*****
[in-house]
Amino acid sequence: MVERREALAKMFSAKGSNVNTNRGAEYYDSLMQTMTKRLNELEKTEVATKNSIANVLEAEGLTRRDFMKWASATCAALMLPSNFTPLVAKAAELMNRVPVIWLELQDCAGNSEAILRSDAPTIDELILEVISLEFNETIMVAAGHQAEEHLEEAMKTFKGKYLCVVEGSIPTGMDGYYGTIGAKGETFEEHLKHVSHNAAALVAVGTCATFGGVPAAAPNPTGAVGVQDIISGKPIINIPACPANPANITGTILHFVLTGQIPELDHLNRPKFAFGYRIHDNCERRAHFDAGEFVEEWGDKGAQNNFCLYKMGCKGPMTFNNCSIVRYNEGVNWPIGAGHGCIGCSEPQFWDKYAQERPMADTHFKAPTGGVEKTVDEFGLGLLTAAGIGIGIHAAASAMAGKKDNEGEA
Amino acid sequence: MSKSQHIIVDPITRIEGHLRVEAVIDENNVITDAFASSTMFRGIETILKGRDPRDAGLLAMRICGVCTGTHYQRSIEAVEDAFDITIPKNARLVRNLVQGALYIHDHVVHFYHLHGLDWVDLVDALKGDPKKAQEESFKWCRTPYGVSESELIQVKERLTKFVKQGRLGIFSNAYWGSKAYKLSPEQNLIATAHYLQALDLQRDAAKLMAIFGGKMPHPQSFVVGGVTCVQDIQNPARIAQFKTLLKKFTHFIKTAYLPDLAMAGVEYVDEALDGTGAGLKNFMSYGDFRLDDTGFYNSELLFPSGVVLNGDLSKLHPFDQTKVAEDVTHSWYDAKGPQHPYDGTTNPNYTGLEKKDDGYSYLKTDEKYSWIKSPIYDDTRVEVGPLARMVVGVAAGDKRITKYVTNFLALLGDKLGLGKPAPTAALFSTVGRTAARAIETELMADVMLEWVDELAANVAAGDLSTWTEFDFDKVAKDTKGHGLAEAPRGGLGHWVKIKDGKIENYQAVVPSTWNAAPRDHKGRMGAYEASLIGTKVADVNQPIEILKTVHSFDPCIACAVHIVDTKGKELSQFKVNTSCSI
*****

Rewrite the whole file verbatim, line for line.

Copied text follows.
[in-house]
Amino acid sequence: MVERREALAKMFSAKGSNVNTNRGAEYYDSLMQTMTKRLNELEKTEVATKNSIANVLEAEGLTRRDFMKWASATCAALMLPSNFTPLVAKAAELMNRVPVIWLELQDCAGNSEAILRSDAPTIDELILEVISLEFNETIMVAAGHQAEEHLEEAMKTFKGKYLCVVEGSIPTGMDGYYGTIGAKGETFEEHLKHVSHNAAALVAVGTCATFGGVPAAAPNPTGAVGVQDIISGKPIINIPACPANPANITGTILHFVLTGQIPELDHLNRPKFAFGYRIHDNCERRAHFDAGEFVEEWGDKGAQNNFCLYKMGCKGPMTFNNCSIVRYNEGVNWPIGAGHGCIGCSEPQFWDKYAQERPMADTHFKAPTGGVEKTVDEFGLGLLTAAGIGIGIHAAASAMAGKKDNEGEA
Amino acid sequence: MSKSQHIIVDPITRIEGHLRVEAVIDENNVITDAFASSTMFRGIETILKGRDPRDAGLLAMRICGVCTGTHYQRSIEAVEDAFDITIPKNARLVRNLVQGALYIHDHVVHFYHLHGLDWVDLVDALKGDPKKAQEESFKWCRTPYGVSESELIQVKERLTKFVKQGRLGIFSNAYWGSKAYKLSPEQNLIATAHYLQALDLQRDAAKLMAIFGGKMPHPQSFVVGGVTCVQDIQNPARIAQFKTLLKKFTHFIKTAYLPDLAMAGVEYVDEALDGTGAGLKNFMSYGDFRLDDTGFYNSELLFPSGVVLNGDLSKLHPFDQTKVAEDVTHSWYDAKGPQHPYDGTTNPNYTGLEKKDDGYSYLKTDEKYSWIKSPIYDDTRVEVGPLARMVVGVAAGDKRITKYVTNFLALLGDKLGLGKPAPTAALFSTVGRTAARAIETELMADVMLEWVDELAANVAAGDLSTWTEFDFDKVAKDTKGHGLAEAPRGGLGHWVKIKDGKIENYQAVVPSTWNAAPRDHKGRMGAYEASLIGTKVADVNQPIEILKTVHSFDPCIACAVHIVDTKGKELSQFKVNTSCSI